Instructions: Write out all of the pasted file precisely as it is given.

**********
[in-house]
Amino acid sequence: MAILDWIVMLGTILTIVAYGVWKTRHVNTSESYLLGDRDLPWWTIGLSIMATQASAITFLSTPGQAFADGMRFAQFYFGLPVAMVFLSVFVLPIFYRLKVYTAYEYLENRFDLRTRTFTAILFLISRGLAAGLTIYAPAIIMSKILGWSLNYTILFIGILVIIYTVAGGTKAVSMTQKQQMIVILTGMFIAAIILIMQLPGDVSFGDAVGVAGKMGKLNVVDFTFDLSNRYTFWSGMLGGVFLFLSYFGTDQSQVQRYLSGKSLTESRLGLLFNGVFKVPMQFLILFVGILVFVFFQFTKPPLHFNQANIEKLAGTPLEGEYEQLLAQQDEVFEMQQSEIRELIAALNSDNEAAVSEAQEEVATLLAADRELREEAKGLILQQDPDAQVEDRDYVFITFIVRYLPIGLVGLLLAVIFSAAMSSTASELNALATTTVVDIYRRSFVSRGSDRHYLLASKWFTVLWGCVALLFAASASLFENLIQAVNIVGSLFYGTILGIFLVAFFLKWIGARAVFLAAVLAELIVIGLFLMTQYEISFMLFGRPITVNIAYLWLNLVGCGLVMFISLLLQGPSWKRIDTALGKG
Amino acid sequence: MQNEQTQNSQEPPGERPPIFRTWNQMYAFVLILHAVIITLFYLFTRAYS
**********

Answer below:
[in-house]
Amino acid sequence: MAILDWIVMLGTILTIVAYGVWKTRHVNTSESYLLGDRDLPWWTIGLSIMATQASAITFLSTPGQAFADGMRFAQFYFGLPVAMVFLSVFVLPIFYRLKVYTAYEYLENRFDLRTRTFTAILFLISRGLAAGLTIYAPAIIMSKILGWSLNYTILFIGILVIIYTVAGGTKAVSMTQKQQMIVILTGMFIAAIILIMQLPGDVSFGDAVGVAGKMGKLNVVDFTFDLSNRYTFWSGMLGGVFLFLSYFGTDQSQVQRYLSGKSLTESRLGLLFNGVFKVPMQFLILFVGILVFVFFQFTKPPLHFNQANIEKLAGTPLEGEYEQLLAQQDEVFEMQQSEIRELIAALNSDNEAAVSEAQEEVATLLAADRELREEAKGLILQQDPDAQVEDRDYVFITFIVRYLPIGLVGLLLAVIFSAAMSSTASELNALATTTVVDIYRRSFVSRGSDRHYLLASKWFTVLWGCVALLFAASASLFENLIQAVNIVGSLFYGTILGIFLVAFFLKWIGARAVFLAAVLAELIVIGLFLMTQYEISFMLFGRPITVNIAYLWLNLVGCGLVMFISLLLQGPSWKRIDTALGKG
Amino acid sequence: MQNEQTQNSQEPPGERPPIFRTWNQMYAFVLILHAVIITLFYLFTRAYS